<StackPanel Margin="10" HorizontalAlignment="Center" VerticalAlignment="Center">
        <Button Name="btnAsterisk" Click="btnAsterisk_Click">Asterisk</Button>
        <Button Name="btnBeep" Margin="0,5" Click="btnBeep_Click">Beep</Button>
        <Button Name="btnExclamation" Click="btnExclamation_Click">Exclamation</Button>
        <Button Name="btnHand" Margin="0,5" Click="btnHand_Click">Hand</Button>
        <Button Name="btnQuestion" Click="btnQuestion_Click">Question</Button>
    </StackPanel>
</Window>
using System;
using System.Media;
using System.Windows;

namespace WpfTutorialSamples.Audio_and_Video
{
	public partial class SystemSoundsSample : Window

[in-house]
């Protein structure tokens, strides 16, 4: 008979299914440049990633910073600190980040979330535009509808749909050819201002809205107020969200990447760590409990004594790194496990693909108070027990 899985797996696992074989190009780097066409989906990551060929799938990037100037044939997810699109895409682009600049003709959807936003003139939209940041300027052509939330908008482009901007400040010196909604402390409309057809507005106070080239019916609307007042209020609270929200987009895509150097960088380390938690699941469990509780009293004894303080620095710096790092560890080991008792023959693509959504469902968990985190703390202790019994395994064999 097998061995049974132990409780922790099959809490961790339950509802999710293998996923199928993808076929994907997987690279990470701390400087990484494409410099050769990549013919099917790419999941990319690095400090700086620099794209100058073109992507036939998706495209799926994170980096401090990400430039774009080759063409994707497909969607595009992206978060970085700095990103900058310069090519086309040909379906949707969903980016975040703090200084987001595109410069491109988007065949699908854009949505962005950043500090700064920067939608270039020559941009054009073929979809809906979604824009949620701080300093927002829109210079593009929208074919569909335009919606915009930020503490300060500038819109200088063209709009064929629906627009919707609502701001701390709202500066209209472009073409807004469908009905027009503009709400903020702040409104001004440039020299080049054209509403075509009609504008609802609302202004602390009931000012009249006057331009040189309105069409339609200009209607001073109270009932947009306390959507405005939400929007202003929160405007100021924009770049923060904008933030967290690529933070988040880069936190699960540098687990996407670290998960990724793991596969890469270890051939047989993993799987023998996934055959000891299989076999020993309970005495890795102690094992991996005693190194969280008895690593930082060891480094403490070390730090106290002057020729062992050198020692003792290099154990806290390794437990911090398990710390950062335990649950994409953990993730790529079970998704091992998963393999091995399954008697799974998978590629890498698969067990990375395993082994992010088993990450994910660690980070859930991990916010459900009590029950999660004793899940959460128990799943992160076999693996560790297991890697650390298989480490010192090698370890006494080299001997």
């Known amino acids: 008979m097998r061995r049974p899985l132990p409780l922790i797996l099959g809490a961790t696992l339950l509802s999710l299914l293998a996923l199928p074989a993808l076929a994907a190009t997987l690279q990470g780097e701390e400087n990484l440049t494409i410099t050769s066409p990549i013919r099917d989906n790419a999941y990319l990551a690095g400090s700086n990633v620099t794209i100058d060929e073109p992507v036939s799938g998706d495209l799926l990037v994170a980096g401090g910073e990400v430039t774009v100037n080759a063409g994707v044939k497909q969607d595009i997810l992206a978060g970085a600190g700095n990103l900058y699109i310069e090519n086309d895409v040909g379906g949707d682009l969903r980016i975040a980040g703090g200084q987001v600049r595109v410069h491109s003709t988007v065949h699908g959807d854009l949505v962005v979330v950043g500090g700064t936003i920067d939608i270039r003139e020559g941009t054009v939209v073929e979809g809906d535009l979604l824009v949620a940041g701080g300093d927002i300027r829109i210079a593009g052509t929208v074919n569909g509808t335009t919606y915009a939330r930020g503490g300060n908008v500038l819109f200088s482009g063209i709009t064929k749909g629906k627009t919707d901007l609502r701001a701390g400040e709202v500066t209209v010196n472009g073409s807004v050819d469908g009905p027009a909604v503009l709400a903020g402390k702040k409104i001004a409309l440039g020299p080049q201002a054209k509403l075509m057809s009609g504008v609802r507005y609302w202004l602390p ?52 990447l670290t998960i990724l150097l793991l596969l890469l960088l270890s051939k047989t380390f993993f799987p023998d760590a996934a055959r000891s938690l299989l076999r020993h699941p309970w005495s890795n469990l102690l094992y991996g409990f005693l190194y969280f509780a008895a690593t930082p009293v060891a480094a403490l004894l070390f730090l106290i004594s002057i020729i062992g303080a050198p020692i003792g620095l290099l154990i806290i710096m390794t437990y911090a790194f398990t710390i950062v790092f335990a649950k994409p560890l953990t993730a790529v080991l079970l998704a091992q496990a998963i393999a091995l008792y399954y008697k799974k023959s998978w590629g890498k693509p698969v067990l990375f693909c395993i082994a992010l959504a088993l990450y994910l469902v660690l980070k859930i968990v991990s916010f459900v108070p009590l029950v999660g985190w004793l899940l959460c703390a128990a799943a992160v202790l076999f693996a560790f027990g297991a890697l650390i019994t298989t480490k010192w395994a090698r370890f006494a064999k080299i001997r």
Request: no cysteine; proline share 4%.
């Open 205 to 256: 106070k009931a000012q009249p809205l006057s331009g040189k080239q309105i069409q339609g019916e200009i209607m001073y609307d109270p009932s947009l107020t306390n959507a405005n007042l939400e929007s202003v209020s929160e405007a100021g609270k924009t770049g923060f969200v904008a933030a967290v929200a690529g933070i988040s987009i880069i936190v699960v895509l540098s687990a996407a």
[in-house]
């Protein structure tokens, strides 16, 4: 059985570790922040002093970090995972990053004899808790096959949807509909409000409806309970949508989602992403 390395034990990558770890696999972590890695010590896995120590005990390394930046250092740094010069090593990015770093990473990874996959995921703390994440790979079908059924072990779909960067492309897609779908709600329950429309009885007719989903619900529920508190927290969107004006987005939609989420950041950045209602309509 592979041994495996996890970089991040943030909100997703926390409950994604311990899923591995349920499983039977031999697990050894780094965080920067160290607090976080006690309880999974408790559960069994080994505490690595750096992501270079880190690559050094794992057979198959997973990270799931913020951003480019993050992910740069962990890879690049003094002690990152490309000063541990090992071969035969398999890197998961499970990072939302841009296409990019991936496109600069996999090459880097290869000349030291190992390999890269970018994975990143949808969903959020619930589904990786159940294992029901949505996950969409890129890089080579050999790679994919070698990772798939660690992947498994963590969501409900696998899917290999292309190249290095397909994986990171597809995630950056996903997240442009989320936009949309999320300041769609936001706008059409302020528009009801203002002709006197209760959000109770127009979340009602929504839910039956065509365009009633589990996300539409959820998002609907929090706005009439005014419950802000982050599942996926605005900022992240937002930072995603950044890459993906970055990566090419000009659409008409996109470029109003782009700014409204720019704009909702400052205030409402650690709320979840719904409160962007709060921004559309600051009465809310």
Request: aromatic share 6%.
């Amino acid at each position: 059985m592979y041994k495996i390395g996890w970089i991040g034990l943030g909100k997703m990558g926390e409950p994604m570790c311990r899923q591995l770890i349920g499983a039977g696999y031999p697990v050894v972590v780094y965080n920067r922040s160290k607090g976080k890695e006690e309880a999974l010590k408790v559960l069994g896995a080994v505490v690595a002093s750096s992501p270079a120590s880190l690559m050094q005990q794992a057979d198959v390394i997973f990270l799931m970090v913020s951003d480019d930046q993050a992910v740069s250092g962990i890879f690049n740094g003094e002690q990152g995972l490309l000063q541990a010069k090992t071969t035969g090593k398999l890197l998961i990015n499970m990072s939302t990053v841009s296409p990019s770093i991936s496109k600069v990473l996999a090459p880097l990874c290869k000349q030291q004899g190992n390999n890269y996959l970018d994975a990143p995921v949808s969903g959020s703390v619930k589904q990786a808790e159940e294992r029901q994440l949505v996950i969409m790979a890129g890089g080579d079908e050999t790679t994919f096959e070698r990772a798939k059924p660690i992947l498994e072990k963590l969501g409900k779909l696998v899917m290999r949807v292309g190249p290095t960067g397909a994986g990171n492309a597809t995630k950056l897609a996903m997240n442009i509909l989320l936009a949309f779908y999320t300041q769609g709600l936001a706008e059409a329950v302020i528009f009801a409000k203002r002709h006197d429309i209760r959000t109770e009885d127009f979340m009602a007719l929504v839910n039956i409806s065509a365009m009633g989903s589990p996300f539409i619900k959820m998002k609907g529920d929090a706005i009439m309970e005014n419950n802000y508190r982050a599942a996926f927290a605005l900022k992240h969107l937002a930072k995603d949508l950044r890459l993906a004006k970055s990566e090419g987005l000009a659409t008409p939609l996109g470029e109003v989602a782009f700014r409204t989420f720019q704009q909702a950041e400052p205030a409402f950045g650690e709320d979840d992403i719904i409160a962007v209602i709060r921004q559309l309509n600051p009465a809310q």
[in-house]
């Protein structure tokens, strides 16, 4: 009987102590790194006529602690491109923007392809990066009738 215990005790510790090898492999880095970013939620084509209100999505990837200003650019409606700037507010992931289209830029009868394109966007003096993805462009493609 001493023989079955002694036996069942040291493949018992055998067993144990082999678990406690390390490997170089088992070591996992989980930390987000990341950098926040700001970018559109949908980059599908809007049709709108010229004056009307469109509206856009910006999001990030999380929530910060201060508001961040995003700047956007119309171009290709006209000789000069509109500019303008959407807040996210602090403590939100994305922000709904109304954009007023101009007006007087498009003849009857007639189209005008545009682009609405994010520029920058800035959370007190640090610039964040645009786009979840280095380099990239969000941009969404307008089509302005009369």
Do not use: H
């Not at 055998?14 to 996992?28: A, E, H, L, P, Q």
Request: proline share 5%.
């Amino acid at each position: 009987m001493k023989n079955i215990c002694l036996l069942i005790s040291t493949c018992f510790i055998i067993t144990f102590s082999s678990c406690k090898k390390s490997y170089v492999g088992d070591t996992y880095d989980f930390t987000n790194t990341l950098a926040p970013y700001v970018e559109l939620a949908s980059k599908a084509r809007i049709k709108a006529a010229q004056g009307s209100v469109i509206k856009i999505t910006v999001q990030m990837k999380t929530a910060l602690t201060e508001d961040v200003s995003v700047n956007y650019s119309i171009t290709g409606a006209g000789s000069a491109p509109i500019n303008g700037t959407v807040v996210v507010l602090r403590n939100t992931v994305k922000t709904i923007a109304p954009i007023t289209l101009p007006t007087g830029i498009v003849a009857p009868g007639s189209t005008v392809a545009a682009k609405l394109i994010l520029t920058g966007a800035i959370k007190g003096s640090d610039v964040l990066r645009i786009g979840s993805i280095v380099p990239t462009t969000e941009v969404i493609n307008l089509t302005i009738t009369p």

{
		public SystemSoundsSample()
		{
			InitializeComponent();
		}

		private void btnAsterisk_Click(object sender, RoutedEventArgs e)
		{
			SystemSounds.Asterisk.Play();
		}

		private void btnBeep_Click(object sender, RoutedEventArgs e)
		{
			SystemSounds.Beep.Play();
		}

		private void btnExclamation_Click(object sender, RoutedEventArgs e)
		{
			SystemSounds.Exclamation.Play();
		}

		private void btnHand_Click(object sender, RoutedEventArgs e)
		{
			SystemSounds.Hand.Play();
		}

		private void btnQuestion_Click(object sender, RoutedEventArgs e)
		{
			SystemSounds.Question.Play();
		}
	}
}

A simple application for testing the SystemSounds